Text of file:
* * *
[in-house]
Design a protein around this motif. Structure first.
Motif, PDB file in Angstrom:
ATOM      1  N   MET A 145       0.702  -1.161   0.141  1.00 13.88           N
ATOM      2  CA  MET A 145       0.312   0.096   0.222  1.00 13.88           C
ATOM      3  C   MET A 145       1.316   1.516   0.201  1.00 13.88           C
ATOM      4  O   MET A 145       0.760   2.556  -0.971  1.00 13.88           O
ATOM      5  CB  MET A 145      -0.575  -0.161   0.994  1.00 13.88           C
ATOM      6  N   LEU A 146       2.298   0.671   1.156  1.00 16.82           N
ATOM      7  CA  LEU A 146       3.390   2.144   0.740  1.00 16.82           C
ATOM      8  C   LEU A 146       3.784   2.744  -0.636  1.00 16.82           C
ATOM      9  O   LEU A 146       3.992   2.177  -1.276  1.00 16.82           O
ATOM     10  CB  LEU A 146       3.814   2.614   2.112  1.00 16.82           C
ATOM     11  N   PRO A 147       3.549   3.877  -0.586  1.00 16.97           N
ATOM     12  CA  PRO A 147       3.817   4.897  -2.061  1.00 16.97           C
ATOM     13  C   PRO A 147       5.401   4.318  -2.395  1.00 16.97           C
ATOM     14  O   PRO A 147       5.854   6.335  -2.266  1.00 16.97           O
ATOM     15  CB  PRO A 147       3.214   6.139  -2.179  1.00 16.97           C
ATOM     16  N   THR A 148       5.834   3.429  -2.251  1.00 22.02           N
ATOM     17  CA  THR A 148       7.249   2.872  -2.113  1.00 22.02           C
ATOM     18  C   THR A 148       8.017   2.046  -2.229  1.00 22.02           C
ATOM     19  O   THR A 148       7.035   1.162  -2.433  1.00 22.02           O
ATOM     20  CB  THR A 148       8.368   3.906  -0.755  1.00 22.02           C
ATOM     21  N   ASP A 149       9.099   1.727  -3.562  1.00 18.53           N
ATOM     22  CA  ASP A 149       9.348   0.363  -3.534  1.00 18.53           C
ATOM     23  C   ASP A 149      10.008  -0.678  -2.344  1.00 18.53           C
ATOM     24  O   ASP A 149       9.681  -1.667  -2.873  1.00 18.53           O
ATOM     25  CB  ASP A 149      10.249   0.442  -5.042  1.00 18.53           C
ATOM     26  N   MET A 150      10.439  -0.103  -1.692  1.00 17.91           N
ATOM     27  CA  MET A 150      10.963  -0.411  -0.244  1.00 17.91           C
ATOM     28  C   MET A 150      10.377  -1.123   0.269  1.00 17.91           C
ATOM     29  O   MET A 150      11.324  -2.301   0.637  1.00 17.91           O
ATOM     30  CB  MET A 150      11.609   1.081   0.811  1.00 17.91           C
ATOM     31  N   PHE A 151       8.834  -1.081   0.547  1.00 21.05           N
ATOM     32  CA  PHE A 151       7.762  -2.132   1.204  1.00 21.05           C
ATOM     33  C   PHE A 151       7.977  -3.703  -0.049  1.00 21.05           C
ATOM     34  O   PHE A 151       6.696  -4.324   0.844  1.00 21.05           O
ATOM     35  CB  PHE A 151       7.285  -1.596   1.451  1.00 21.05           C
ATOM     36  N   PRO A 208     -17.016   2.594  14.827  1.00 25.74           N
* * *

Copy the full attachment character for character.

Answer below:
[in-house]
Design a protein around this motif. Structure first.
Motif, PDB file in Angstrom:
ATOM      1  N   MET A 145       0.702  -1.161   0.141  1.00 13.88           N
ATOM      2  CA  MET A 145       0.312   0.096   0.222  1.00 13.88           C
ATOM      3  C   MET A 145       1.316   1.516   0.201  1.00 13.88           C
ATOM      4  O   MET A 145       0.760   2.556  -0.971  1.00 13.88           O
ATOM      5  CB  MET A 145      -0.575  -0.161   0.994  1.00 13.88           C
ATOM      6  N   LEU A 146       2.298   0.671   1.156  1.00 16.82           N
ATOM      7  CA  LEU A 146       3.390   2.144   0.740  1.00 16.82           C
ATOM      8  C   LEU A 146       3.784   2.744  -0.636  1.00 16.82           C
ATOM      9  O   LEU A 146       3.992   2.177  -1.276  1.00 16.82           O
ATOM     10  CB  LEU A 146       3.814   2.614   2.112  1.00 16.82           C
ATOM     11  N   PRO A 147       3.549   3.877  -0.586  1.00 16.97           N
ATOM     12  CA  PRO A 147       3.817   4.897  -2.061  1.00 16.97           C
ATOM     13  C   PRO A 147       5.401   4.318  -2.395  1.00 16.97           C
ATOM     14  O   PRO A 147       5.854   6.335  -2.266  1.00 16.97           O
ATOM     15  CB  PRO A 147       3.214   6.139  -2.179  1.00 16.97           C
ATOM     16  N   THR A 148       5.834   3.429  -2.251  1.00 22.02           N
ATOM     17  CA  THR A 148       7.249   2.872  -2.113  1.00 22.02           C
ATOM     18  C   THR A 148       8.017   2.046  -2.229  1.00 22.02           C
ATOM     19  O   THR A 148       7.035   1.162  -2.433  1.00 22.02           O
ATOM     20  CB  THR A 148       8.368   3.906  -0.755  1.00 22.02           C
ATOM     21  N   ASP A 149       9.099   1.727  -3.562  1.00 18.53           N
ATOM     22  CA  ASP A 149       9.348   0.363  -3.534  1.00 18.53           C
ATOM     23  C   ASP A 149      10.008  -0.678  -2.344  1.00 18.53           C
ATOM     24  O   ASP A 149       9.681  -1.667  -2.873  1.00 18.53           O
ATOM     25  CB  ASP A 149      10.249   0.442  -5.042  1.00 18.53           C
ATOM     26  N   MET A 150      10.439  -0.103  -1.692  1.00 17.91           N
ATOM     27  CA  MET A 150      10.963  -0.411  -0.244  1.00 17.91           C
ATOM     28  C   MET A 150      10.377  -1.123   0.269  1.00 17.91           C
ATOM     29  O   MET A 150      11.324  -2.301   0.637  1.00 17.91           O
ATOM     30  CB  MET A 150      11.609   1.081   0.811  1.00 17.91           C
ATOM     31  N   PHE A 151       8.834  -1.081   0.547  1.00 21.05           N
ATOM     32  CA  PHE A 151       7.762  -2.132   1.204  1.00 21.05           C
ATOM     33  C   PHE A 151       7.977  -3.703  -0.049  1.00 21.05           C
ATOM     34  O   PHE A 151       6.696  -4.324   0.844  1.00 21.05           O
ATOM     35  CB  PHE A 151       7.285  -1.596   1.451  1.00 21.05           C
ATOM     36  N   PRO A 208     -17.016   2.594  14.827  1.00 25.74           N